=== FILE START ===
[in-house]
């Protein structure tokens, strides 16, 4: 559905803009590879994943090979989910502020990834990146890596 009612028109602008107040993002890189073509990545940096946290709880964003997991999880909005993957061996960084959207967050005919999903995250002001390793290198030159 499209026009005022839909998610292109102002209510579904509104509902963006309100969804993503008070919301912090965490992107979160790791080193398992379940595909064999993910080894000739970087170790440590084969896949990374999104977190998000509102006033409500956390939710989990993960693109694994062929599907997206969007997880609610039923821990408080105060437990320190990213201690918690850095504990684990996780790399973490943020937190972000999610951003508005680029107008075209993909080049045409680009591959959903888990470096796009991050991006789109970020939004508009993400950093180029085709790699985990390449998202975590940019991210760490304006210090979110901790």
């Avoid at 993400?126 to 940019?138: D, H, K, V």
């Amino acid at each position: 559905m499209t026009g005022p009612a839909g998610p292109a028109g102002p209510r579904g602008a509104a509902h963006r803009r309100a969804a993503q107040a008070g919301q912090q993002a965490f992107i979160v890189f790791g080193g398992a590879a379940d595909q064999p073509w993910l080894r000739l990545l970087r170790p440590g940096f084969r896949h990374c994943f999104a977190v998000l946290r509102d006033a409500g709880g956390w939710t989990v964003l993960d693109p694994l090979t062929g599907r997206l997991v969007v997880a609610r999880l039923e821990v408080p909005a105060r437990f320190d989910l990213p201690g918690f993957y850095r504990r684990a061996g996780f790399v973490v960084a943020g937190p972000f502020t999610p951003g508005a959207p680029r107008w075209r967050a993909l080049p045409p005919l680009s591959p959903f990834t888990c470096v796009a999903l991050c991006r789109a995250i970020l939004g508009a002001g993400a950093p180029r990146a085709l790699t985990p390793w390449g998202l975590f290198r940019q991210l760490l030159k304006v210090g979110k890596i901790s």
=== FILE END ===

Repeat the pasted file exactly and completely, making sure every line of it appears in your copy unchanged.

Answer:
[in-house]
């Protein structure tokens, strides 16, 4: 559905803009590879994943090979989910502020990834990146890596 009612028109602008107040993002890189073509990545940096946290709880964003997991999880909005993957061996960084959207967050005919999903995250002001390793290198030159 499209026009005022839909998610292109102002209510579904509104509902963006309100969804993503008070919301912090965490992107979160790791080193398992379940595909064999993910080894000739970087170790440590084969896949990374999104977190998000509102006033409500956390939710989990993960693109694994062929599907997206969007997880609610039923821990408080105060437990320190990213201690918690850095504990684990996780790399973490943020937190972000999610951003508005680029107008075209993909080049045409680009591959959903888990470096796009991050991006789109970020939004508009993400950093180029085709790699985990390449998202975590940019991210760490304006210090979110901790």
């Avoid at 993400?126 to 940019?138: D, H, K, V």
């Amino acid at each position: 559905m499209t026009g005022p009612a839909g998610p292109a028109g102002p209510r579904g602008a509104a509902h963006r803009r309100a969804a993503q107040a008070g919301q912090q993002a965490f992107i979160v890189f790791g080193g398992a590879a379940d595909q064999p073509w993910l080894r000739l990545l970087r170790p440590g940096f084969r896949h990374c994943f999104a977190v998000l946290r509102d006033a409500g709880g956390w939710t989990v964003l993960d693109p694994l090979t062929g599907r997206l997991v969007v997880a609610r999880l039923e821990v408080p909005a105060r437990f320190d989910l990213p201690g918690f993957y850095r504990r684990a061996g996780f790399v973490v960084a943020g937190p972000f502020t999610p951003g508005a959207p680029r107008w075209r967050a993909l080049p045409p005919l680009s591959p959903f990834t888990c470096v796009a999903l991050c991006r789109a995250i970020l939004g508009a002001g993400a950093p180029r990146a085709l790699t985990p390793w390449g998202l975590f290198r940019q991210l760490l030159k304006v210090g979110k890596i901790s």